After almost two decades of democracy the world is asking: “what has Nelson Mandela’s South Africa done with its freedom?” With the 95-year-old father of the nation ailing, the 52 million South Africans who see him almost universally as a hero are also asking what lies ahead long after “Madiba.”
To contribute towards a balanced narrative, Goldman Sachs has constructed a data rich, empirical analysis of how South Africa has changed in the past 20 years, revealing what South Africa still needs to tackle.
When Nelson Mandela became president in 1994 he took over a state in crisis. South Africa had no foreign exchange reserves, double digit lending and inflation rates, a debt to GDP ratio of 50%, and 23% unemployment. Between 1980 and 1994 the economy grew at a real average rate of just 1.4%. Few believed that the previously-banned ANC had the ability to manage Africa’s largest economy. Equally few people grasped just how bad the inheritance was. In April 1994, the South African economy literally had junk status.
South Africa confounded Apartheid apologists by enjoying a peace dividend from 1994-2007 with real GDP growth averaging 3.6% per annum, only slowing to 2.3% following the 2008 global financial crisis. By 2007 debt to GDP almost halved to 28%, and whilst now back at 42%, it still compares favorably to most developed markets. Post 1994, a “Golden Period,” the economy grew 2.5 times in size from $136bn to just under $400bn today. Inflation plummeted from an average of 14% in the 14 years to 1994 to an average of around 6.4% thereafter under the guidance of the Reserve Bank’s inflation targeting. South Africa now boasts a respectable $50bn of gross gold and foreign exchange reserves. The tax net also grew, from 1.7m taxpayers and $11bn in receipts in 1994, to 13.7m taxpayers and $81bn in receipts in 2012. Notwithstanding a recent one notch downgrade, South Africa’s sovereign credit rating deservedly improved to investment grade today.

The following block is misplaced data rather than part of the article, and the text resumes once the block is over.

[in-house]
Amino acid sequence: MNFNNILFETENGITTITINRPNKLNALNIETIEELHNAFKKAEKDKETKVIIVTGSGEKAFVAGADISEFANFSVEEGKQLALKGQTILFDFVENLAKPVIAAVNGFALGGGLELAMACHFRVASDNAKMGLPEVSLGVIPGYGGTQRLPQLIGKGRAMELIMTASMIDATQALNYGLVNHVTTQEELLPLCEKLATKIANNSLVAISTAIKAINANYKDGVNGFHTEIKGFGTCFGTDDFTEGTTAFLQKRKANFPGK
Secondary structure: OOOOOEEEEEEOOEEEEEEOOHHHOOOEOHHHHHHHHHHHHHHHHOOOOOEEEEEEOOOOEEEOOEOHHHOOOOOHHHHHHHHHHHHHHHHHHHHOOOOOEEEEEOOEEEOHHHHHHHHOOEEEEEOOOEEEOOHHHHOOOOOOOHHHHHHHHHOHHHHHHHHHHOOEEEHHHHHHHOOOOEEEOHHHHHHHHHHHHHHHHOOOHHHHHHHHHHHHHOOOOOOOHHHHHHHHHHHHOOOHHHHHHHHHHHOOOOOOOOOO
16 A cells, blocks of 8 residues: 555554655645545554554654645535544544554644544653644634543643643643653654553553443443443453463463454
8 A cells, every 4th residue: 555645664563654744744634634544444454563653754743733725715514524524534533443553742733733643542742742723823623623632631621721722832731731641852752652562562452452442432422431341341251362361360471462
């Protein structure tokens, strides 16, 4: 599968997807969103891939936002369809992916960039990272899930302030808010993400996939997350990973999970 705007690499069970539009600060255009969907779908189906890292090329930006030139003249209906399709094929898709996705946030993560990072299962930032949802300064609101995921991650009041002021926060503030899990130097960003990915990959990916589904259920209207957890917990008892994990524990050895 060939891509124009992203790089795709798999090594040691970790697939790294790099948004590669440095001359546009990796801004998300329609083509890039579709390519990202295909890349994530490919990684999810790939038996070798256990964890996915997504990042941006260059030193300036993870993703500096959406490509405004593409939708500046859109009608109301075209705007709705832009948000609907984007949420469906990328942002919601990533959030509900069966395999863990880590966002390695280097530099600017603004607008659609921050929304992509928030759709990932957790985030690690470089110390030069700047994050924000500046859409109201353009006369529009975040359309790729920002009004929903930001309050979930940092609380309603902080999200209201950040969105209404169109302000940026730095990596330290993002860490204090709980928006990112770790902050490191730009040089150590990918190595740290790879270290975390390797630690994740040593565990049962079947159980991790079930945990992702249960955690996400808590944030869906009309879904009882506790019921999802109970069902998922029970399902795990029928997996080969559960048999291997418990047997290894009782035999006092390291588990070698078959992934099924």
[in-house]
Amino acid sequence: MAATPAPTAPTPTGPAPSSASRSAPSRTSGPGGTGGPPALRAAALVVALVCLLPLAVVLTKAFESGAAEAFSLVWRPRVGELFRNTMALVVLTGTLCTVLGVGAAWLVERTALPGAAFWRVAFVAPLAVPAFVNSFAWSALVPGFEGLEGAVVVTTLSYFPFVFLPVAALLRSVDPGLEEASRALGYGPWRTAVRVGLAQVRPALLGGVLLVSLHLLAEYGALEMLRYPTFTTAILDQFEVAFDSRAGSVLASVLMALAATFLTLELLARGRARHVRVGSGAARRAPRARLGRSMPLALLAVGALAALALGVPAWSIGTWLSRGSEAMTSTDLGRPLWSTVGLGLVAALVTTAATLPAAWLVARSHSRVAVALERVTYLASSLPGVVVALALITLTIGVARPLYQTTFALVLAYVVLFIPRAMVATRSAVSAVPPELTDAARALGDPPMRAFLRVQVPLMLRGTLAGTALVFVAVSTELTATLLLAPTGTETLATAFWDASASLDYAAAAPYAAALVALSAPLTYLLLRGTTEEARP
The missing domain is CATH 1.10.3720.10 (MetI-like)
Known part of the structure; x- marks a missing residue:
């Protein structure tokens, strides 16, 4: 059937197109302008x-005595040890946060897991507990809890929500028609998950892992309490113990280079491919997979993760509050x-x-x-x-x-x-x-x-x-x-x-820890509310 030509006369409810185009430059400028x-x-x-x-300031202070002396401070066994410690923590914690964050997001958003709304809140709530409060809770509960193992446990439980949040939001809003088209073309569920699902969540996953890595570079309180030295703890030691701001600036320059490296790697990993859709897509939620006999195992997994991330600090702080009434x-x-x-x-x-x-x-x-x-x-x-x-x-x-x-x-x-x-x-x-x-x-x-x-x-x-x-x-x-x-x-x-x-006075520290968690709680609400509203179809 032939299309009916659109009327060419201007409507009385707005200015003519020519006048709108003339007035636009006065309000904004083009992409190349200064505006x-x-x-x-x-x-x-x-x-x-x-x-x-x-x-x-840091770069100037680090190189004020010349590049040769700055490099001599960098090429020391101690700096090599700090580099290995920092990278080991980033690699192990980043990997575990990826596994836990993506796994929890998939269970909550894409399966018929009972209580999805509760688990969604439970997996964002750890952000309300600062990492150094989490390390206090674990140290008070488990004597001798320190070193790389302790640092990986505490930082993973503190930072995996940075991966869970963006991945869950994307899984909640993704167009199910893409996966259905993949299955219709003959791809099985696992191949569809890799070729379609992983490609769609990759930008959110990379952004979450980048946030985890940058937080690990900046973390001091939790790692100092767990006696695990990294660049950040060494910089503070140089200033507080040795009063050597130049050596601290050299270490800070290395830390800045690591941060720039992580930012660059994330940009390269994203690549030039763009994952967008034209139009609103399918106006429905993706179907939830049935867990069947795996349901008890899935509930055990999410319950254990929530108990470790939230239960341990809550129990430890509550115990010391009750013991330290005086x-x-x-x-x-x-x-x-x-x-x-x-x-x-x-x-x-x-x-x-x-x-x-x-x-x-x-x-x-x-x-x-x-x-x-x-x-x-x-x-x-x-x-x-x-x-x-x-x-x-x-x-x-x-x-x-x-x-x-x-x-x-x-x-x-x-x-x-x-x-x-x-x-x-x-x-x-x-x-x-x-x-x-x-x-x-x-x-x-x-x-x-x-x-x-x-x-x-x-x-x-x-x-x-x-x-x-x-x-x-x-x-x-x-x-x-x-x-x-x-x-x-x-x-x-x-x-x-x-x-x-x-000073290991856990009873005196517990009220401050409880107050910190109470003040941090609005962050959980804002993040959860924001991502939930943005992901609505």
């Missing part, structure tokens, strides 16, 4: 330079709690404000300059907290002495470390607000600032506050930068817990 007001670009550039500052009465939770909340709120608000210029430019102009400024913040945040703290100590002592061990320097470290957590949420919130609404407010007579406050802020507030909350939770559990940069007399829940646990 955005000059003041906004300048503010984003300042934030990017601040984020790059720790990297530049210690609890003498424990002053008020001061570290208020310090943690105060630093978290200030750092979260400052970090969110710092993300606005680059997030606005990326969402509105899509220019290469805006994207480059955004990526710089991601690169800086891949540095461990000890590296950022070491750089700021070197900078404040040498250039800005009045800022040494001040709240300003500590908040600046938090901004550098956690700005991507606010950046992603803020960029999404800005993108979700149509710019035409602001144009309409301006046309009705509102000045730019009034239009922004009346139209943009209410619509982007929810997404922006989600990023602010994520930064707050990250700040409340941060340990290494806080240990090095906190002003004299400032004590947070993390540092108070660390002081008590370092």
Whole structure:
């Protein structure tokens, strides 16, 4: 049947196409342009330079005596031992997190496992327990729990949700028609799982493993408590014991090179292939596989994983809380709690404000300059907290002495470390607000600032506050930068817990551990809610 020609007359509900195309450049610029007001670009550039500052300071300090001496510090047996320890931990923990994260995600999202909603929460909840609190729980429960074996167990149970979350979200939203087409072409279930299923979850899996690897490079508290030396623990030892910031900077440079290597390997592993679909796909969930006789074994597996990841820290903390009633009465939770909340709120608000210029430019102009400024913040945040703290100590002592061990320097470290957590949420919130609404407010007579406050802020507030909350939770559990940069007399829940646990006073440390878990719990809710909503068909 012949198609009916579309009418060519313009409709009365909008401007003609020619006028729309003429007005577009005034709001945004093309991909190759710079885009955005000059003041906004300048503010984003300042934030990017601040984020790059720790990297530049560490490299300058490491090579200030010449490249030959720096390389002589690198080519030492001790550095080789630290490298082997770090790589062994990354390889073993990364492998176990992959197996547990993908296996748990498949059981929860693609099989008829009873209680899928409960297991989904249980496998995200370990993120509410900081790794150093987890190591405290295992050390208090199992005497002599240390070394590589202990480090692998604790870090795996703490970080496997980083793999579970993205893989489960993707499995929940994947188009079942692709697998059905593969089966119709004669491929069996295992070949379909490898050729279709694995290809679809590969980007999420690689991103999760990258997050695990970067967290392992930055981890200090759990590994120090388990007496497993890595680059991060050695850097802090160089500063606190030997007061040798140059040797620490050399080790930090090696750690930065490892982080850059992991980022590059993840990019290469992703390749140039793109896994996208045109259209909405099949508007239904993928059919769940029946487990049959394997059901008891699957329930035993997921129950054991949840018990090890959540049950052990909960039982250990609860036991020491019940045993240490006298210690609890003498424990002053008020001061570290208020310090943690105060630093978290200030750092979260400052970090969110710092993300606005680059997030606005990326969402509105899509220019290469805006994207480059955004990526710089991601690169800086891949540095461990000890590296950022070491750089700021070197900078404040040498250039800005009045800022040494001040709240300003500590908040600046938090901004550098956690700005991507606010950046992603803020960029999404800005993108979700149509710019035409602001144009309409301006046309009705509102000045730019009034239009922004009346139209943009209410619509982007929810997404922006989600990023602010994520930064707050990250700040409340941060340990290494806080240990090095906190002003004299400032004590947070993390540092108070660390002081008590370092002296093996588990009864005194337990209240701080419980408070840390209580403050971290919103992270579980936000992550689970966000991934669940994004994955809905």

Responsible macro-economic stewardship has, generally, been accompanied by adherence to the rule of law, respect for the much admired South African Constitution, media freedom and strong independent institutions such as the Reserve Bank and judiciary.
Perhaps the most striking successes since 1994 have been the creation of a growing and sizable African middle class, increased real wages for the employed, and the extension of social welfare and services to underprivileged communities. In the decade since 2000, the African middle class more than doubled in size. Real GDP per capita increased by 40% over this period, as 10m South Africans, one out of five, graduated from lower to the middle and higher income bands.
Welfare has been extended to 16 million people who receive monthly cash grants at an annual cost to Government of $10bn. Disadvantaged households also receive far greater access to basic services such as sanitation, electricity and water. Collectively, these transfers provide a tangible “democracy dividend.”
When economic isolation ended, trade patterns changed. While Europe remains its largest trading partner, China is rapidly catching up. The Johannesburg Stock Exchange (JSE) became the world’s 15th largest bourse, with a total market capitalization twice that of local GDP, at around $800bn and representing 80% of all African equity capital market flows. The corporate valuation gap between the JSE and developed markets closed, setting the stage for South African companies to compete globally for assets. The deeply liquid JSE is now the ideal investment hub for Africa.
But major structural challenges remain.
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